Reply to comment

News just in...

03/08/2004


Plus has an RSS newsfeed, so you can get our latest mathematical headlines delivered straight to your computer - you can even publish them on your own website!

Newspaper

Keeping up with the latest news has got to be easier than this!

RSS stands for Really Simple Syndication, and is a standardised method for sharing web content. A website will publish an RSS news feed (for example, the Plus newsfeed) containing links to and brief descriptions of new material, such as the latest news story, blog entry or article. Many sites now produce RSS feeds, including the BBC, NASA and now Plus. Just look out for the button, or a link to "RSS", "newsfeed" or something similar when you are next browsing the web. Alternatively you can find thousands of RSS feeds at Syndic8.com, RSS-xpress and other RSS directories.

But why are websites such as these bothering to produce a newsfeed? One of the main reasons is to make it easier for readers to keep up with their latest content. Because RSS feeds are in a standardised format, software called aggregators or newsreaders can automatically read and process RSS feeds. By installing such software on your computer, you can build your own personalised newspaper consisting of the headlines and descriptions of new stories from all your favourite sites (at least those that publish RSS feeds). Then, rather than having to visit each site every day to check what's new, you can have all the new headlines automatically delivered to your computer, and browse through them all in one place and follow the links to the stories that catch your interest. (Find out more about RSS aggregators at Sitepoint.com and in How to speed-read the net.)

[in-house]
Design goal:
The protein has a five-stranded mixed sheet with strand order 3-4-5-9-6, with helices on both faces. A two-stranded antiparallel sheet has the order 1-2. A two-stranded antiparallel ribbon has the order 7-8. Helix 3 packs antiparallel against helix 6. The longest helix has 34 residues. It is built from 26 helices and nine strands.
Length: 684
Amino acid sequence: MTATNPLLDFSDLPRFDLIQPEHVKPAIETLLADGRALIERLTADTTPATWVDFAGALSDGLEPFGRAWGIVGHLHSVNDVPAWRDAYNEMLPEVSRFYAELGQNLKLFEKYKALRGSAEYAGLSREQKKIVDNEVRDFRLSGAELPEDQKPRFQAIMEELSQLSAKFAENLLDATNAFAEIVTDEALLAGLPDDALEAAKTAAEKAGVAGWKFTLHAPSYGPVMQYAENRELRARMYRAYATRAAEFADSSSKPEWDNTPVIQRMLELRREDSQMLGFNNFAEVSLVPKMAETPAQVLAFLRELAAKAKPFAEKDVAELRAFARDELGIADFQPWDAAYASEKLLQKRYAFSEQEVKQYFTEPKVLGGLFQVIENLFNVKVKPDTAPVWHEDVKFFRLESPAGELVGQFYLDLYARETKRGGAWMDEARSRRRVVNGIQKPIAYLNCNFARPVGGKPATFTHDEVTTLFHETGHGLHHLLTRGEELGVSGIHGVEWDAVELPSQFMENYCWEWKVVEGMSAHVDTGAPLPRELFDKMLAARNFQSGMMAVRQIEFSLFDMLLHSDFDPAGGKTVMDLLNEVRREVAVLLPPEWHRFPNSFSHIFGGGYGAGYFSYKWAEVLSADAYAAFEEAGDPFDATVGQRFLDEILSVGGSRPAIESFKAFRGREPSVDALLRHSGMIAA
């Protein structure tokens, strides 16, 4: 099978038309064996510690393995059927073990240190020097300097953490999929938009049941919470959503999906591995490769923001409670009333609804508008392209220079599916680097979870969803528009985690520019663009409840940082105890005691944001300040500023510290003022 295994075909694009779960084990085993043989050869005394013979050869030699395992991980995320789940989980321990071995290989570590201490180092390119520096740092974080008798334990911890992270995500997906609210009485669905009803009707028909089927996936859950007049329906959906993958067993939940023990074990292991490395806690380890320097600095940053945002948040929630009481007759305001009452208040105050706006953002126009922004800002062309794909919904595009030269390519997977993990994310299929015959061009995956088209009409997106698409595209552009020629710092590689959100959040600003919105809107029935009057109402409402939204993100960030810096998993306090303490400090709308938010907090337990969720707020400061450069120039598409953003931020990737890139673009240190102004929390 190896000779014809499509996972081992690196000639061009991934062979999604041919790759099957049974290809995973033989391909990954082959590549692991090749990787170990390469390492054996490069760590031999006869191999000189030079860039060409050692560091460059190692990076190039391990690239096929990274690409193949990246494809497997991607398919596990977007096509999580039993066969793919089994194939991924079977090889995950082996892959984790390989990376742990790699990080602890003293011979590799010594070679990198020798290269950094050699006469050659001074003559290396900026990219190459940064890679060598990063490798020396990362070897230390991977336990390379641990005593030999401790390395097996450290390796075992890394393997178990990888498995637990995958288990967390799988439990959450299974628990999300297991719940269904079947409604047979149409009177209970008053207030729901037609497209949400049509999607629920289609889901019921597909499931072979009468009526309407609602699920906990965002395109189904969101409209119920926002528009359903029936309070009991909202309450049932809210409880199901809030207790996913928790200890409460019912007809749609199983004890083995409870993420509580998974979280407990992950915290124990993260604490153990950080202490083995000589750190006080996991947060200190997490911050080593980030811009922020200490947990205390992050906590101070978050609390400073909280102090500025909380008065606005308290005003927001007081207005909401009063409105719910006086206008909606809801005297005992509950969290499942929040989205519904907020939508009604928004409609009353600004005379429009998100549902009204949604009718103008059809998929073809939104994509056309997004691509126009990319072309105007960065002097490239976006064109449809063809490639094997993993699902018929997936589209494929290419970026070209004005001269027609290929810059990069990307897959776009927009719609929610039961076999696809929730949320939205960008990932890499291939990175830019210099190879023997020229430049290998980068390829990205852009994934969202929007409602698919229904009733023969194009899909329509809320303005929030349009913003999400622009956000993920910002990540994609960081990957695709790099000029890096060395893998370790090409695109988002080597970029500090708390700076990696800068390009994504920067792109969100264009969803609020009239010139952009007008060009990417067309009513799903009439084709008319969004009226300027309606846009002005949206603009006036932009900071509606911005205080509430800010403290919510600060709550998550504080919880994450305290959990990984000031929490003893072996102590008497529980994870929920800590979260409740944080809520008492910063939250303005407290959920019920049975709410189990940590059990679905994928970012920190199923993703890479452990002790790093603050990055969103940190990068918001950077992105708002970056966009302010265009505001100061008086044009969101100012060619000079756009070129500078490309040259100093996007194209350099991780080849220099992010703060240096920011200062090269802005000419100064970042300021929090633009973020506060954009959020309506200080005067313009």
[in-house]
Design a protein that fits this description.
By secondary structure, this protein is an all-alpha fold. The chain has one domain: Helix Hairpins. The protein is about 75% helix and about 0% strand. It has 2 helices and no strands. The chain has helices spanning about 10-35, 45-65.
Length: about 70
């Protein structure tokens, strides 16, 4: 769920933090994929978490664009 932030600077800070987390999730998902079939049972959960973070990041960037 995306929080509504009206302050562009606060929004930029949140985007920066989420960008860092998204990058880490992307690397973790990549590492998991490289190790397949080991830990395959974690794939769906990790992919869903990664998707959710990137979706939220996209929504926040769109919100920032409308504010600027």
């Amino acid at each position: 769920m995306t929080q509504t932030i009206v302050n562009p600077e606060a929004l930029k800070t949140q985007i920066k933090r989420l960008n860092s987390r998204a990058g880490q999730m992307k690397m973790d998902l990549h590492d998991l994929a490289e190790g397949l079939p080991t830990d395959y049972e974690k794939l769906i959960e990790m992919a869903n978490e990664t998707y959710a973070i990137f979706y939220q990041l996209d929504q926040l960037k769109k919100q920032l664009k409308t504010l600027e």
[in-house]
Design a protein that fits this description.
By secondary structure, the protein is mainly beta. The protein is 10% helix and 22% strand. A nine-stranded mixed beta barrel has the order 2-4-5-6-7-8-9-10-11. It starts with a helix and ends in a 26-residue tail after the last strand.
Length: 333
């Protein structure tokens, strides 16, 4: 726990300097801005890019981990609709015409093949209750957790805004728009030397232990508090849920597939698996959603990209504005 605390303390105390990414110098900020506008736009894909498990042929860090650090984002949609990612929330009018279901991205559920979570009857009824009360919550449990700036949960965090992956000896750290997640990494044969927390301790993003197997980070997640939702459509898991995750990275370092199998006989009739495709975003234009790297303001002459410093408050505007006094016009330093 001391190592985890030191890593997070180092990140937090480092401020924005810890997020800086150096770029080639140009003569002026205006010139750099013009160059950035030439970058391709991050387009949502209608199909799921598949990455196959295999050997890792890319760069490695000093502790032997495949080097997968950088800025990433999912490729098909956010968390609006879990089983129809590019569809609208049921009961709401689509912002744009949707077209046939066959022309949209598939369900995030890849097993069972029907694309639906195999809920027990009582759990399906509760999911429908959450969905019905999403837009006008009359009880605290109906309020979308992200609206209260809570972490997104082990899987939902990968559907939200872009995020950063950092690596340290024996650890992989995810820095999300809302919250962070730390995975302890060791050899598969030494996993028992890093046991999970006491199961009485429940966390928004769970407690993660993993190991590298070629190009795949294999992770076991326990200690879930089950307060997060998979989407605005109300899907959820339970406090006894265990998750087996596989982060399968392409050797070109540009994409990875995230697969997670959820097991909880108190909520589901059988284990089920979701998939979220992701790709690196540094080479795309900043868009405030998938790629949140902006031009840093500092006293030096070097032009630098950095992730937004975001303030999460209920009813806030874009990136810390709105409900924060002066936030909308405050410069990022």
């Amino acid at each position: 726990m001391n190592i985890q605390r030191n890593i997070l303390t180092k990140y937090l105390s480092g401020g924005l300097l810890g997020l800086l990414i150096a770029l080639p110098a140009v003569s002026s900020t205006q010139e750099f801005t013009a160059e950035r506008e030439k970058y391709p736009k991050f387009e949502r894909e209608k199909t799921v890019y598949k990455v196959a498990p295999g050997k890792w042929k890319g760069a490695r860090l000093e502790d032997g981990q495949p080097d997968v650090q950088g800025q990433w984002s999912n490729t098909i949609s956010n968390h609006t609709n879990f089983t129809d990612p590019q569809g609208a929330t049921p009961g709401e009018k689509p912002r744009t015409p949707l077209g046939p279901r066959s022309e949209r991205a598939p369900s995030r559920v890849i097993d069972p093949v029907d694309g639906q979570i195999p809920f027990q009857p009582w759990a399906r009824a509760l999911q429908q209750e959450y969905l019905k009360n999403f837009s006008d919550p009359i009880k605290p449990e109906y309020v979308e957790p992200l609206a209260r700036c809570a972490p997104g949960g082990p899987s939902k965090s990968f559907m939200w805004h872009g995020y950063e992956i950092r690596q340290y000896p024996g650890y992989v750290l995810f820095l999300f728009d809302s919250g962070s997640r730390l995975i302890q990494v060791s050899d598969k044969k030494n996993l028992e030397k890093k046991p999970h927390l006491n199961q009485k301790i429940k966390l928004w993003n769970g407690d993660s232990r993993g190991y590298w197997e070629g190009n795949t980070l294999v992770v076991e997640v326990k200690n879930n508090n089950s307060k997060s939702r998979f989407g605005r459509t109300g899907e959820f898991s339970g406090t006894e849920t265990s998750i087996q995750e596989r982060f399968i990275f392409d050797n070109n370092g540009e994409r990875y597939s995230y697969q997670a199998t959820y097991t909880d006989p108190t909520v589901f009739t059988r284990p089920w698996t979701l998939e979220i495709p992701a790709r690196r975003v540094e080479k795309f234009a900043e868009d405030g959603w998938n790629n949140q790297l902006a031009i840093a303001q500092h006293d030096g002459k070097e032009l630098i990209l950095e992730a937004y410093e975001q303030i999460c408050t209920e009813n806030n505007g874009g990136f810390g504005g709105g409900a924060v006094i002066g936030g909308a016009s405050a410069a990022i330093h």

If you have any comments about the Plus RSS newsfeed, we'd love to hear from you at plus@maths.cam.ac.uk.

Happy reading from the Plus team!

Reply

  • Web page addresses and e-mail addresses turn into links automatically.
  • Allowed HTML tags: <a> <em> <strong> <cite> <code> <ul> <ol> <li> <dl> <dt> <dd>
  • Lines and paragraphs break automatically.

More information about formatting options

By submitting this form, you accept the Mollom privacy policy.